4 Things Wil Wheaton Can Teach Us About Twitter Engagement
You may remember Wil Wheaton for his role as Wesley Crusher on Star Trek: The Next Generation however, I didn’t become a fan until I saw him play Sheldon’s evil nemesis (“WHEATOOON!”) on The Big Bang Theory. Ironically, In that role Wil Wheaton plays Wil Wheaton (Bazinga!)
This isn’t the only place where Wheaton has used his real life as entertainment. Over the past few years he’s gained an impressive online fan base — and his acting career is only partially responsible for that.
Wheaton started his blog in 2001 (back when blogs weren’t nearly the force they are today), and quickly hit his stride as a writer. When Twitter came along, Wheaton was an early adopter with a natural feel for the format. He quickly gained a huge following, which has grown to more than 2 million fans.
So, what can we learn from Wil Wheaton’s rise to internet fame?
1. Reply to Tweets.
One major reason for Wheaton’s popularity is his down-to-earth conversational style and his accessibility. From the earliest days on his blog, he read and responded to reader comments, and he’s carried that practice over to his Twitter feed.
While it’s impossible to interact personally with more than two million followers (even with warp drive,) he does interact when he can. He re-tweets amusing comments from, and holds entire conversations with, his fans.
His followers don’t feel like their replies to him disappear into space (the final frontier – had to say it,) and it certainly seems to be working for him. He’s built up an online reputation that many would agree is every bit as — perhaps even more — important than his acting career.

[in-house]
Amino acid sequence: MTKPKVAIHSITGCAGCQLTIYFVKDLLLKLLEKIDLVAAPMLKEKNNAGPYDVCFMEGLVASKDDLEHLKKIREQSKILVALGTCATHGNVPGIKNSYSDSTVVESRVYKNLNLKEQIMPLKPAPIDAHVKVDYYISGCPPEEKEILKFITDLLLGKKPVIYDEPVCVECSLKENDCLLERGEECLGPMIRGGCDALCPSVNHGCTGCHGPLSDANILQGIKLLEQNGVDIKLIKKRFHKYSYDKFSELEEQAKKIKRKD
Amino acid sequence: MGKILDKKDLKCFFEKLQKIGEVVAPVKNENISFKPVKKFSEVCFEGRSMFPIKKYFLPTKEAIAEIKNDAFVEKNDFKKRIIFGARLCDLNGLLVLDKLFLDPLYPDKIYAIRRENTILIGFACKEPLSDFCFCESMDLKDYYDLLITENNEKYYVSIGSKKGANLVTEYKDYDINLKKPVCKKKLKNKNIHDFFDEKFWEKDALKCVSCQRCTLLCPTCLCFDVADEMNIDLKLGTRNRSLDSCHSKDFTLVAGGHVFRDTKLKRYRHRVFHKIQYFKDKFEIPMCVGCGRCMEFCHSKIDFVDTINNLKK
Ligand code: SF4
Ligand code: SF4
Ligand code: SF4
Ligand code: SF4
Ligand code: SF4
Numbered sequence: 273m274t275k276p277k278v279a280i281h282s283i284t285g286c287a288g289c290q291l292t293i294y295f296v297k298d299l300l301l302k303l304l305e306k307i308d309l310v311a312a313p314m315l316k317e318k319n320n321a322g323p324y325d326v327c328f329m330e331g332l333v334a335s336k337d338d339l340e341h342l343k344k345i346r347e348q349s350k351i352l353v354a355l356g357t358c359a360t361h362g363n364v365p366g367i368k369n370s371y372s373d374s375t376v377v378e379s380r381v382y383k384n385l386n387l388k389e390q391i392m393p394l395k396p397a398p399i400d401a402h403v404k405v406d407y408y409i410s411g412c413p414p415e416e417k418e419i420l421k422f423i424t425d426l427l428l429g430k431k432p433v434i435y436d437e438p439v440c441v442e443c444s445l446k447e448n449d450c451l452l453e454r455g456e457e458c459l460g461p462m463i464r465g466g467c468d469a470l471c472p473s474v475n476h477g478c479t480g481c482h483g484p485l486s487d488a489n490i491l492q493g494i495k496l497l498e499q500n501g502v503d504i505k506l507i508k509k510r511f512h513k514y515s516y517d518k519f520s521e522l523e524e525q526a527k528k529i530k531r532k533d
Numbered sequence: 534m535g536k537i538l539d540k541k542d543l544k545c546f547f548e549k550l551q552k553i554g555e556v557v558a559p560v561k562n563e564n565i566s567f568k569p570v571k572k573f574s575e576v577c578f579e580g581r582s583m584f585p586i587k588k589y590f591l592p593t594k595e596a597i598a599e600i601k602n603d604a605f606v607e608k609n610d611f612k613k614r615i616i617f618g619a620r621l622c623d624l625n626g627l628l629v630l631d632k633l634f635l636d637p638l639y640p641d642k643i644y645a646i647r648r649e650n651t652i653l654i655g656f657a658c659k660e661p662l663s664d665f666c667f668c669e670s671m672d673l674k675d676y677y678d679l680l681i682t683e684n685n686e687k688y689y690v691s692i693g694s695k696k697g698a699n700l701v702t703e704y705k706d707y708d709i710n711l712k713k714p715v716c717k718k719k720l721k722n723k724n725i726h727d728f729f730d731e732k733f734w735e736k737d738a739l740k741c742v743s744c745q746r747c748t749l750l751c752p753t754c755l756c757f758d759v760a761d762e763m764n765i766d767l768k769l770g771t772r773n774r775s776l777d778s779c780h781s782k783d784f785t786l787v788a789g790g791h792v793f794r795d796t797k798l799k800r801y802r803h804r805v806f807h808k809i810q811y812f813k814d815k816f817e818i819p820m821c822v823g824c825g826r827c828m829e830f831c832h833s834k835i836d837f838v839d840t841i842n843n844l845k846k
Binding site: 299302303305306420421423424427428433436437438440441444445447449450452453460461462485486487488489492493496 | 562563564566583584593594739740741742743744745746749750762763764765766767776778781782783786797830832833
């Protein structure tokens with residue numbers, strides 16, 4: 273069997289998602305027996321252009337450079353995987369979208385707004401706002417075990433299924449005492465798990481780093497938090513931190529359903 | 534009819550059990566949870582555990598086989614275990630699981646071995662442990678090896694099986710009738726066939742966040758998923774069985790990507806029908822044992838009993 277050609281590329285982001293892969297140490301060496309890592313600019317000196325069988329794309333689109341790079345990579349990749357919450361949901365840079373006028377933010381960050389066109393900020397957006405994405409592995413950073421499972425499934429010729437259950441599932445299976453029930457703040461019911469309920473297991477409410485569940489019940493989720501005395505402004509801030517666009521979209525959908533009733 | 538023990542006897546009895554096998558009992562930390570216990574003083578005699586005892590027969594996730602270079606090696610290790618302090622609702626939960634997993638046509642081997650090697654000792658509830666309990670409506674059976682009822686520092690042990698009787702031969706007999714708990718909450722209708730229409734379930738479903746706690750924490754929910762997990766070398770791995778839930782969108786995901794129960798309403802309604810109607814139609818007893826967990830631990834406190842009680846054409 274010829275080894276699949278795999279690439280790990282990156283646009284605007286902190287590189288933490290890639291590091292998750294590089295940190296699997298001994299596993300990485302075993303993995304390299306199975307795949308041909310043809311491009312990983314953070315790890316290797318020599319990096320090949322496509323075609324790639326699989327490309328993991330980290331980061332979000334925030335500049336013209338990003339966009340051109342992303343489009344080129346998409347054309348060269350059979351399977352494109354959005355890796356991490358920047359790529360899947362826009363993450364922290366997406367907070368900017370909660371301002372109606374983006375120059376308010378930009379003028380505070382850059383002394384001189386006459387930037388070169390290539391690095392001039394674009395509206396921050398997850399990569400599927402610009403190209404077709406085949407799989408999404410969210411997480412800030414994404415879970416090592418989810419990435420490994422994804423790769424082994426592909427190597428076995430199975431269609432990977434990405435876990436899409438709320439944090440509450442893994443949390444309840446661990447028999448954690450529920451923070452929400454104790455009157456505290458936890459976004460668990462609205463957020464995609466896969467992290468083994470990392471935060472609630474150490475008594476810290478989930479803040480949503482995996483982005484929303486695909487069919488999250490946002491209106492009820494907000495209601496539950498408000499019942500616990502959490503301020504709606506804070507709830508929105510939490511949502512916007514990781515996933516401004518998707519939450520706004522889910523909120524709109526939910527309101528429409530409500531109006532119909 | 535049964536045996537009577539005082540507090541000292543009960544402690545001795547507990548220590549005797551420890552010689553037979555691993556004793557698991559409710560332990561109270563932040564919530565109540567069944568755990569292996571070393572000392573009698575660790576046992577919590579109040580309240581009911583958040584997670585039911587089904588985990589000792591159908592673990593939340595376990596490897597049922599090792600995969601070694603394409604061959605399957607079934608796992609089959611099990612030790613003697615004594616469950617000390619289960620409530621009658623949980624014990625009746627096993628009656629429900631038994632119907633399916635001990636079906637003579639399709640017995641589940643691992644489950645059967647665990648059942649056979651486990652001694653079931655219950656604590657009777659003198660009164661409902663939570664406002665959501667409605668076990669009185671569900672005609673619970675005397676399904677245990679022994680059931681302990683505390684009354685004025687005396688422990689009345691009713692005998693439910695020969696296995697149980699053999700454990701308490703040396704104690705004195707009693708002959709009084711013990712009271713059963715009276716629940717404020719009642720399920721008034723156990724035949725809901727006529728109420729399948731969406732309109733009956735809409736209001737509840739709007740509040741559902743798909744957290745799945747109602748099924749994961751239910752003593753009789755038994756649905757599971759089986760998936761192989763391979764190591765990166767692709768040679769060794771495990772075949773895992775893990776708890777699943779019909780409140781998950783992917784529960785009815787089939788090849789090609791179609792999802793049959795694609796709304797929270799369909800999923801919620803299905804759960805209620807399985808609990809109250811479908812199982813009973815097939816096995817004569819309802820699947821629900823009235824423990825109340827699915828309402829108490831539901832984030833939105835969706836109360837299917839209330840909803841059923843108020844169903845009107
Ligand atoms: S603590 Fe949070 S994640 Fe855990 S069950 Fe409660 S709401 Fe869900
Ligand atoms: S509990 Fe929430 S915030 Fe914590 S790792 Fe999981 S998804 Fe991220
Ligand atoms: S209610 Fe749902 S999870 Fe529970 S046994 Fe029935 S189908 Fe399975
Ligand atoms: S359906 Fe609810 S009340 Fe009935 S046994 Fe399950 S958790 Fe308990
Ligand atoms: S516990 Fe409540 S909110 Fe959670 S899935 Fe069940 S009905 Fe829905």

The teachable moment for businesses? No matter how big you are, talk to your fans/customers. People like you more when they don’t feel like they’re being ignored.
2. Share Entertaining Content.
Between his new YouTube-based gaming show, Tabletop; his behind-the-scenes looks at sci-fi and other conventions; and amusing anecdotes about his life, Wheaton’s Twitter stream is an entertainment venue all its own. He also recently took control of the official LA Kings Twitter account for the second period of their game against the Columbus Blue Jackets – while wearing a horse mask.
Of course, you may not have stories about your company that involve famous actors or entire hockey teams, but you don’t have to. You can get a great response just by adding a little entertainment value to your current messaging.
Whether it’s humor, a lively post that get shared and re-shared by your followers, or innovative video content that (fingers crossed) goes viral, entertainment is a great way to build engagement on Twitter.
3. Share Other People’s Content.
A healthy portion of Wheaton’s Twitter feed @WilW is made up of interesting or amusing things that other people created. Music he loves, a funny blog post someone shared with him, a cool fan video…all of these things and more find their way to his tweets.
This practice adds value for his followers, since they get a constant stream of entertaining, thought-provoking, and innovative content that they might not have found otherwise.
When you find and share useful, relevant content created by others in your industry, you build trust with your followers. They see that you know what’s going on in your niche, and that you’re not just in it to push your own products and services.
You also build a friendly relationship with the person or company whose content you shared. This can pay off when they end up sharing your content with their followers.
4. Keep Self-Promotion Low-Key.
Sure, Wheaton talks about his own projects — of course he does.
But he doesn’t talk about them every day, and certainly not with every tweet. When he does share something he made or was involved in, his followers are happy to re-tweet it because he doesn’t give off that used-car-salesman vibe.
This one’s easy to achieve if you’re following the other rules on this list. If you have meaningful interaction with your customers, share entertaining content, and share useful information from others, you can do some self-promotion without seeming pushy.
And on Twitter, pushy is not the way. This last lesson from from Wil Wheaton is one that we could apply to all of our marketing efforts. Earn your right to promote and you’ll have fans for life.